n Tuesday night, Iowa Republicans will gather at 1,774 locations around the state to kick off the 2012 presidential election, through an "idiosyncratic" caucus process with origins at least as old as the United States. Unlike more straightforward primary elections, the voters who brave the cold Iowa winter to spend a weekday evening politicking won't award any delegates to the winning candidates. Adding to the unusual nature of the caucuses, each of Iowa's 1,774 precincts gets to set its own rules. Still, despite the quirks and arcane rules, "Iowans stand by their caucuses," says Elizabeth Hartfield at ABC News. Here, a guide to the proud, strange Hawkeye State electoral tradition:
How do the caucuses work?
Caucus participants gather at their local precinct meeting place — usually a school, library, church, or other public space, but sometimes a private home — by 7 p.m. Then, after reciting the Pledge of Allegiance and electing a caucus chairman and secretary, the caucusgoers listen to a brief endorsement speech by a surrogate from any campaign that sends a representative. Then Iowans vote: Republicans note their preference by secret ballot, usually a blank slip of paper. The votes are counted in public, read aloud, then phoned in to the state GOP, which tallies the statewide results and releases them.
Who can participate?
Any registered Republican who lives in the precinct and will be 18 by Election Day. But since state law allows voters to switch registration at the caucuses themselves, the event is effectively open to all interested voters. Turnout isn't usually very large, though. In 2008, about 120,000 people cast ballots in the Iowa GOP caucuses — roughly 21 percent of active registered Republicans — while 227,000 Democrats caucused to decide that year's heated battle between Barack Obama and Hillary Clinton. Political analysts expect a slight uptick on the GOP side this year.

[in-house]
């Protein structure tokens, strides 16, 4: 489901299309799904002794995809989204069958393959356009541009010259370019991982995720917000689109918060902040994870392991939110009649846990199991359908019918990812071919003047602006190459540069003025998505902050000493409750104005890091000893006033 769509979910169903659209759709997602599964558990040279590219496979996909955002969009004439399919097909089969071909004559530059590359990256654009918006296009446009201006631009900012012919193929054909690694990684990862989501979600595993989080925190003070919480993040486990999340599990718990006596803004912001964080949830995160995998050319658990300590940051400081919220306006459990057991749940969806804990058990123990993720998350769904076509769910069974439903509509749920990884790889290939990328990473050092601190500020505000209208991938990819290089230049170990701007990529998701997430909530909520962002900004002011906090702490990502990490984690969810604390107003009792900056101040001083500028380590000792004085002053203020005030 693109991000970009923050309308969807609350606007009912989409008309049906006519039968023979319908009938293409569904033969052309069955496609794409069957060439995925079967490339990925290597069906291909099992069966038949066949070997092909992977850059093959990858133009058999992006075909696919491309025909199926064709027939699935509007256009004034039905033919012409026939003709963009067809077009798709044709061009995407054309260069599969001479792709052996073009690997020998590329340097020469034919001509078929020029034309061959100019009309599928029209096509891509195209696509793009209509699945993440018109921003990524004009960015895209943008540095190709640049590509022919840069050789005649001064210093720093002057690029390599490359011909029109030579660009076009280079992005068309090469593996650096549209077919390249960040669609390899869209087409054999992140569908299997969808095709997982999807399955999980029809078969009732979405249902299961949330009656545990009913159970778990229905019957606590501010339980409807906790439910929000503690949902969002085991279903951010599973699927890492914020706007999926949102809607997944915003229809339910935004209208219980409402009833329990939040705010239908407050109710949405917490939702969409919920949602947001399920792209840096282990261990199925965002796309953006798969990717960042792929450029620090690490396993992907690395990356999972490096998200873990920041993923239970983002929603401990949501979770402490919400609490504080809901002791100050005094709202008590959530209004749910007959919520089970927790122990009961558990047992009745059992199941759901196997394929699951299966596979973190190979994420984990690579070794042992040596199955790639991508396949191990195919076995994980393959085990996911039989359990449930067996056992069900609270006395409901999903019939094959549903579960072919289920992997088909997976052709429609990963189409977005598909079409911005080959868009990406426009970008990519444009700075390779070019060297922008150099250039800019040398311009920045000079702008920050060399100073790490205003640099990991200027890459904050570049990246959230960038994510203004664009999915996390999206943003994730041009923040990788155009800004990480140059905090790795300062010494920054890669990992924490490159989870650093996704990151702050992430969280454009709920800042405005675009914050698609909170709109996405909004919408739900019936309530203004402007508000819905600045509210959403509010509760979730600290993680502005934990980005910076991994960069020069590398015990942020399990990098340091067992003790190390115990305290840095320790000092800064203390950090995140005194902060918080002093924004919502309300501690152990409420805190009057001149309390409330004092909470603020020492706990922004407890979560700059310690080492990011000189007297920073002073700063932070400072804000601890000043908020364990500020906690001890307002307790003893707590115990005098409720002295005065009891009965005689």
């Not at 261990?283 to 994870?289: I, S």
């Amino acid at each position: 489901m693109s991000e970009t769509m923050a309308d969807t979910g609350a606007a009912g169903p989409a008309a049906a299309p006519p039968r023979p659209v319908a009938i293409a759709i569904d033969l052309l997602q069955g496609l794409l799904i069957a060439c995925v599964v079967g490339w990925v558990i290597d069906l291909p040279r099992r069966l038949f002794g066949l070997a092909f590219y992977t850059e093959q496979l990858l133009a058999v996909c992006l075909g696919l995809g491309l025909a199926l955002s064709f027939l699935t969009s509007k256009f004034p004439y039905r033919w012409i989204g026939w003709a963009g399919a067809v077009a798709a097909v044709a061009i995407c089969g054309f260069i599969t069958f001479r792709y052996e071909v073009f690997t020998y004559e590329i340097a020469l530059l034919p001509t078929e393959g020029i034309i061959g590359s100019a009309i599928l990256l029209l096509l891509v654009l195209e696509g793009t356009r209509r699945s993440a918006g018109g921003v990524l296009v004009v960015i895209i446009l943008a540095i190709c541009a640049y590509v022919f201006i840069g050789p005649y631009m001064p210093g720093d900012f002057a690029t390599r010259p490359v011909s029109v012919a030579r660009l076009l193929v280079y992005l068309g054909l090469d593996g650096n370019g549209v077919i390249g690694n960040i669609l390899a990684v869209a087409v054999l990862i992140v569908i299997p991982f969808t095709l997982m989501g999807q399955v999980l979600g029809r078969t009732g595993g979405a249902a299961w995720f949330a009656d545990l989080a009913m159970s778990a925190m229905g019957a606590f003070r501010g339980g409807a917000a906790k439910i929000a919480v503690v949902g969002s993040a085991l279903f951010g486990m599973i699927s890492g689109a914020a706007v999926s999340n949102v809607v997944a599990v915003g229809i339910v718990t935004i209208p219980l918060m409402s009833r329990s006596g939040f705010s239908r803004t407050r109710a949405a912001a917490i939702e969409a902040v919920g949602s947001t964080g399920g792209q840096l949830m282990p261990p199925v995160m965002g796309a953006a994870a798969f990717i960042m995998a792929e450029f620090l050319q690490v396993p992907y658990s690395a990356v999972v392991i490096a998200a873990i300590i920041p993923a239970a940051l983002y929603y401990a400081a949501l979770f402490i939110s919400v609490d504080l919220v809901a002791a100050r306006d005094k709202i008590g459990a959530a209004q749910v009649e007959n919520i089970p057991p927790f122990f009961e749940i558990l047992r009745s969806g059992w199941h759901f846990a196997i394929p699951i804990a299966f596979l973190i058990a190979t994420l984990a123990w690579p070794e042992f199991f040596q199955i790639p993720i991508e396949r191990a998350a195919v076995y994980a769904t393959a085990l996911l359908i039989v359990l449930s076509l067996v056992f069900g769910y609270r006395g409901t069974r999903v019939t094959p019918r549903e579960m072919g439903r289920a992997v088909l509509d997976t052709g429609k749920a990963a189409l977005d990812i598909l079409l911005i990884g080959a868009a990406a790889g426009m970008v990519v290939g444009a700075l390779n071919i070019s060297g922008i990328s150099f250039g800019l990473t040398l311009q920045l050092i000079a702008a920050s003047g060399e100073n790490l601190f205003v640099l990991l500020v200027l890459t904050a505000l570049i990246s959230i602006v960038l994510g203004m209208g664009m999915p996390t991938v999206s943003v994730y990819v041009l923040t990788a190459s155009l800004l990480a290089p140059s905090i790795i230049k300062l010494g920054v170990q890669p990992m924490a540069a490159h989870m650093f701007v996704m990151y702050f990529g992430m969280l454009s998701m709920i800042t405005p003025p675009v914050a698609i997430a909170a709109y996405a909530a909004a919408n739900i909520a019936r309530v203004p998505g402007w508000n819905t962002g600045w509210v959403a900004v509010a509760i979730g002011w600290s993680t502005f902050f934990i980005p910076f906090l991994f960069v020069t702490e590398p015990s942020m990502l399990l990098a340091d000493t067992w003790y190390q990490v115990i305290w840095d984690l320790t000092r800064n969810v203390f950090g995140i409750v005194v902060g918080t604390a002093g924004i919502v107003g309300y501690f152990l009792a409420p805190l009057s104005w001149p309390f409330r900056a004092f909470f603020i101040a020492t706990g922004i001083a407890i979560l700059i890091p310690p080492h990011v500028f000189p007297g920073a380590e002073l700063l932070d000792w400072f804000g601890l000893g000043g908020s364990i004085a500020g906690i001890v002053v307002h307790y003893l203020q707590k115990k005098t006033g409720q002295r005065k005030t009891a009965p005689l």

Are the Democrats also caucusing on Tuesday?
Yes. But since President Obama is essentially running unopposed, "the Democrats who go to their competition-free caucuses are the ultimate loyalists," says Linda Feldmann in The Christian Science Monitor. Unlike Republicans, Iowa Democrats pick their candidates in public, typically with supporters of each candidate standing together in different parts of a room for a headcount. Since there will be no drama over who wins on the Democratic side, the caucuses will focus on party business and organizing for the general election.
What do the caucuses accomplish?
Despite all the media attention, caucusgoers' presidential preferences are non-binding. The real business takes place after the presidential vote, when the caucusgoers who stick around pick delegates and platform proposals for their county GOP convention. The 99 county conventions will later select delegates to the four district conclaves, each of which chooses three national delegates and two more for the June 12 state GOP convention, where the remaining 13 uncommitted national delegates are finally selected. Three high-ranking Iowa GOP leaders are automatic delegates. It's these two dozen or so delegates who will vote for a nominee at the national GOP's summer convention in Florida.
So why do Iowans still caucus?
It's partly tradition: Iowans have always caucused, except in 1916, when they tried switching to a presidential primary. (No major candidates participated and voter turnout was low, so Iowans switched back.) Caucuses are also less expensive to mount than primary elections. And in staging what amounts to a "glorified poll," Iowans actually "get the best of both worlds," says David Sessions at The Daily Beast. The press treats Iowa's first-in-the-nation presidential opinions as significant, but since those first picks may not survive long, Iowa's national convention delegates get to pick from whichever candidates shine in, or at least survive, the primary process.
Why does Iowa get to go first?
Thanks largely to an accident of history: In 1972, Iowa Democrats pushed the caucuses back to Jan. 24 because a reformist state party chairman wanted Iowans to have a copy of the rules, and the mimeographing and mailing of the paperwork required 120 days before the state's May 20 convention. The Republican Party joined in the leapfrogging of New Hampshire's primary in 1976. "Forty years ago, Iowa officials never anticipated that the precinct caucuses would attract such a high profile," says Greg Giroux at Bloomberg. "They now guard their first-in-the-nation status for the national attention the caucuses attract." The national parties codified Iowa's special status in 1981.
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